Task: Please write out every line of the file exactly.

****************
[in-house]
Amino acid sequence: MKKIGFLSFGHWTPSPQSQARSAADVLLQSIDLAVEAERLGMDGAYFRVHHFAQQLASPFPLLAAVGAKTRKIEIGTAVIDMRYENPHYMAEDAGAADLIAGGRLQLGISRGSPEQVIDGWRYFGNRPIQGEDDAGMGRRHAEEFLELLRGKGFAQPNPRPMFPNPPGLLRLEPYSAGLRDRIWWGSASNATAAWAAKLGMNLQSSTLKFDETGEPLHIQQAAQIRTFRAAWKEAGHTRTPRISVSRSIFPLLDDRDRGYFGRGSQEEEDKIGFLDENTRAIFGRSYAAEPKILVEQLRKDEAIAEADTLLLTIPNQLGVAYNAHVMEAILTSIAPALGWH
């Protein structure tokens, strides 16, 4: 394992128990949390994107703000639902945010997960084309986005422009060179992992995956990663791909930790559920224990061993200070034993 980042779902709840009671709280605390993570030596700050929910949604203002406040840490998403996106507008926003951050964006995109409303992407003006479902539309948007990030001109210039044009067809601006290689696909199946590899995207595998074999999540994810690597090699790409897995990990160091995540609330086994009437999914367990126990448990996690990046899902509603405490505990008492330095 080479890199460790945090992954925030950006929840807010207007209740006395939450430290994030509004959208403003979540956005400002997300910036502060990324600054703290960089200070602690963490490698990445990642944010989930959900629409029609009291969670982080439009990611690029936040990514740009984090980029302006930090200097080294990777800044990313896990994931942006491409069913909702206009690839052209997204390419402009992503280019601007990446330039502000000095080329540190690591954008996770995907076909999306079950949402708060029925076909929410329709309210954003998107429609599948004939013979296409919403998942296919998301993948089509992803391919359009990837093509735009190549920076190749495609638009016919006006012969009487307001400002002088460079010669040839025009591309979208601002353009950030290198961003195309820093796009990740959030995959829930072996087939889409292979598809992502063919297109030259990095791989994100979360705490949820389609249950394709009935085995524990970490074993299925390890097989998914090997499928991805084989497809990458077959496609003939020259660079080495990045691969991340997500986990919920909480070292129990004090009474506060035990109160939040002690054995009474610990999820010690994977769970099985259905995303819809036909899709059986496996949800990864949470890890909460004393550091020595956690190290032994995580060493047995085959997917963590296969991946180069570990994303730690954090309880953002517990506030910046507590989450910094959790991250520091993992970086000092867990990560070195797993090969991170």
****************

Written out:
[in-house]
Amino acid sequence: MKKIGFLSFGHWTPSPQSQARSAADVLLQSIDLAVEAERLGMDGAYFRVHHFAQQLASPFPLLAAVGAKTRKIEIGTAVIDMRYENPHYMAEDAGAADLIAGGRLQLGISRGSPEQVIDGWRYFGNRPIQGEDDAGMGRRHAEEFLELLRGKGFAQPNPRPMFPNPPGLLRLEPYSAGLRDRIWWGSASNATAAWAAKLGMNLQSSTLKFDETGEPLHIQQAAQIRTFRAAWKEAGHTRTPRISVSRSIFPLLDDRDRGYFGRGSQEEEDKIGFLDENTRAIFGRSYAAEPKILVEQLRKDEAIAEADTLLLTIPNQLGVAYNAHVMEAILTSIAPALGWH
């Protein structure tokens, strides 16, 4: 394992128990949390994107703000639902945010997960084309986005422009060179992992995956990663791909930790559920224990061993200070034993 980042779902709840009671709280605390993570030596700050929910949604203002406040840490998403996106507008926003951050964006995109409303992407003006479902539309948007990030001109210039044009067809601006290689696909199946590899995207595998074999999540994810690597090699790409897995990990160091995540609330086994009437999914367990126990448990996690990046899902509603405490505990008492330095 080479890199460790945090992954925030950006929840807010207007209740006395939450430290994030509004959208403003979540956005400002997300910036502060990324600054703290960089200070602690963490490698990445990642944010989930959900629409029609009291969670982080439009990611690029936040990514740009984090980029302006930090200097080294990777800044990313896990994931942006491409069913909702206009690839052209997204390419402009992503280019601007990446330039502000000095080329540190690591954008996770995907076909999306079950949402708060029925076909929410329709309210954003998107429609599948004939013979296409919403998942296919998301993948089509992803391919359009990837093509735009190549920076190749495609638009016919006006012969009487307001400002002088460079010669040839025009591309979208601002353009950030290198961003195309820093796009990740959030995959829930072996087939889409292979598809992502063919297109030259990095791989994100979360705490949820389609249950394709009935085995524990970490074993299925390890097989998914090997499928991805084989497809990458077959496609003939020259660079080495990045691969991340997500986990919920909480070292129990004090009474506060035990109160939040002690054995009474610990999820010690994977769970099985259905995303819809036909899709059986496996949800990864949470890890909460004393550091020595956690190290032994995580060493047995085959997917963590296969991946180069570990994303730690954090309880953002517990506030910046507590989450910094959790991250520091993992970086000092867990990560070195797993090969991170």